Wind shifts and salvage on the high seas

We are still engaged in our private battle of wits with Neptune. We decided the wind would veer ,so headed off on a long port tack , went on to starboard well short of the layline – classic upwind tactics even if the layline in question was 100 miles long. I have to admit to a small smirk as the shift gradually came through , lifting us up to our course for Horta over night , but of course Neptune has got his own back – literally – as the wind has backed again and we are 25 degrees low. On the positive side there is more wind than forecast and we are whooshing along at maximum upwind speed with 55.5 miles to go (( there’s one for Bryony!).

Life got even busier out here yesterday afternoon. As Lynda handed over to me she pointed out two yachts on the horizon. At that moment the VHF crackled into life calling “the yacht at such and such position” , which turned out to be us! It appeared that one yacht was towing the other , having come out from Horta to effect a salvage on a 56 footer with a broken forestay , no rudder and no clutch. Ouch ! The salvage vessel only had VHF for communication and wished us to report them to the Coastguard authorities and give an expected ETA. And no they didn’t want any other help ( they were EXTREMELY firm about this!) from which I gathered that this would be a case for the salvage court. It turned out that the towed vessel was the Spaniard we had heard earlier that nobody could understand. He was bound from Cuba to Barcelona so must have tangled with the same system that poor old Roy Boughton in Guiding Light had run into. It makes our almost universally light wind passage seem very fortunate.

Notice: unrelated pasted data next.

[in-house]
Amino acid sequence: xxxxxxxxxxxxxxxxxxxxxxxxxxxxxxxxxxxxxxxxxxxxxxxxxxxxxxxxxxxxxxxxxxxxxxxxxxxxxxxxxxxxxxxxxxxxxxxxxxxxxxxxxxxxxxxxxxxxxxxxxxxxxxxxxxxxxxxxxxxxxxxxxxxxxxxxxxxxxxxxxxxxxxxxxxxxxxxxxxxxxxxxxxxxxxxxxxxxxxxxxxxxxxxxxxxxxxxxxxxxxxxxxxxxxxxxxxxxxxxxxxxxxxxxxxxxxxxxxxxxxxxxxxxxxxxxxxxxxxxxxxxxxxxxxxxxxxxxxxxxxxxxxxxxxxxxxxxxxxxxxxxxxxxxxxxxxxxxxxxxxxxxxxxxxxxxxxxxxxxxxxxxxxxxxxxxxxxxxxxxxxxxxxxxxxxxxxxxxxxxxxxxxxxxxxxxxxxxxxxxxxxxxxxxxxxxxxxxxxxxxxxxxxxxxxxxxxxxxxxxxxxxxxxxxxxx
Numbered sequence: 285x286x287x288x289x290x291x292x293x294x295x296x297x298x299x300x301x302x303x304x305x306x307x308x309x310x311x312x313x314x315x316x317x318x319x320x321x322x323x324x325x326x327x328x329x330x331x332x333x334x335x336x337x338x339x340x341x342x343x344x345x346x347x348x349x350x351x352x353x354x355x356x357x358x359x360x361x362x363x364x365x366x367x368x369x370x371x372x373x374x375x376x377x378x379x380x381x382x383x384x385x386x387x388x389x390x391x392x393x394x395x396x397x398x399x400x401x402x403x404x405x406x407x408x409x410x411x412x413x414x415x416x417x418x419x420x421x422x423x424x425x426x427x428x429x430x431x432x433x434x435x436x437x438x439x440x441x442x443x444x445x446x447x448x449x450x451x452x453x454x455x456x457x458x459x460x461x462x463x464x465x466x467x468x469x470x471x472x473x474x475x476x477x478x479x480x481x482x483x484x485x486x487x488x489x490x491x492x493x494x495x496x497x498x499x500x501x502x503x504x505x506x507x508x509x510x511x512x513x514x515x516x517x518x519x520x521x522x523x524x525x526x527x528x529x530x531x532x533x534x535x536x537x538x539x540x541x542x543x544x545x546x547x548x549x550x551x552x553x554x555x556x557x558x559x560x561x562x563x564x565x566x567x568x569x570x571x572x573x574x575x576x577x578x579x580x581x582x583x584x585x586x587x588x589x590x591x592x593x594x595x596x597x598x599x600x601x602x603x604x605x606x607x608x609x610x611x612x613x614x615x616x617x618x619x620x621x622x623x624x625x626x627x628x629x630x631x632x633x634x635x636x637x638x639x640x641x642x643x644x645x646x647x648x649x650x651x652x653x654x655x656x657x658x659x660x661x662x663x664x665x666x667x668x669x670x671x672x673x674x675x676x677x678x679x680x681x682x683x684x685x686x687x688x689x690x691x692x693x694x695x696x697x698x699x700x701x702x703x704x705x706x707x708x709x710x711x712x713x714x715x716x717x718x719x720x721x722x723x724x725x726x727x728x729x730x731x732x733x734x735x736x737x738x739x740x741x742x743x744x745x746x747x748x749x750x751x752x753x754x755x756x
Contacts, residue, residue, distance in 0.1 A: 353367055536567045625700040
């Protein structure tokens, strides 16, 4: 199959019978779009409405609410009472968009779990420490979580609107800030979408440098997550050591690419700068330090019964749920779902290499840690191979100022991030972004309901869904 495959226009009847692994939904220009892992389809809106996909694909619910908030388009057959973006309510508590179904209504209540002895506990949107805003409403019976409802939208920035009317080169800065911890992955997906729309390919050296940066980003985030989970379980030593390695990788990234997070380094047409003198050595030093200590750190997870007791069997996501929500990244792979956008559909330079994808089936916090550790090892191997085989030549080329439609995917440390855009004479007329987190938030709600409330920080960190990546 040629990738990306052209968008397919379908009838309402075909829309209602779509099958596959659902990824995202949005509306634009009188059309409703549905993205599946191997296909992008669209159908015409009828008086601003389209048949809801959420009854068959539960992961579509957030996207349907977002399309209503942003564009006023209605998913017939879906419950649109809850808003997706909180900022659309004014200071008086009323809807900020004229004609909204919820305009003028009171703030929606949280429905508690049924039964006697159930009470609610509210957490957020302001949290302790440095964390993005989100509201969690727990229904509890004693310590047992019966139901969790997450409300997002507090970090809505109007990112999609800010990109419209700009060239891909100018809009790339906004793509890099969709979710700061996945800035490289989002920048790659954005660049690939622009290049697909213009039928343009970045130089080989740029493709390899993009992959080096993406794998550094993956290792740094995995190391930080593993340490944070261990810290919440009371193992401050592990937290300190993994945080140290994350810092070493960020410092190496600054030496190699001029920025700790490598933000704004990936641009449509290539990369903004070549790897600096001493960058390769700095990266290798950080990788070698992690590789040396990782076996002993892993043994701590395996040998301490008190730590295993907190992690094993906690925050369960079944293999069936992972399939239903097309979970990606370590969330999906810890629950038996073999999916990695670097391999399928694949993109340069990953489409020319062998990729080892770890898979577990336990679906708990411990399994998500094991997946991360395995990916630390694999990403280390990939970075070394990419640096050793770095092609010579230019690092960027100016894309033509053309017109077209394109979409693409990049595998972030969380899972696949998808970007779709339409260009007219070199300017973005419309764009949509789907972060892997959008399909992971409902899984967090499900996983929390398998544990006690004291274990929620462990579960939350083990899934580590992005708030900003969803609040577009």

When sailing upwind with a good heel , the sight of water racing past the gunwhale seen through the lee cabin windows is an impressive one. This morning I was sat inside trying to wake up when the whole window was filled by the extraordinary vision of an airborne dolphin flashing by , just inches away , to muscle in on the crowd riding the bow wave. The effect was spine tingling and plays in my head even now , although with each repetition it gets less distinct . If I need consolation , I just have to watch the surrounding seas for 15 minutes and can guarantee to see more of his kin , albeit not in such unexpected proximity. Our ambition is to see a Cachelot or Sperm whale. The books say they are around at this time of year so I better get back on deck and practise my “Thar she blows” !

Noon today ( 1300 UT ) sees us at 38 41N 29 51W and hoping to be in Horta some time in the wee small hours of tomorrow morning. All well!

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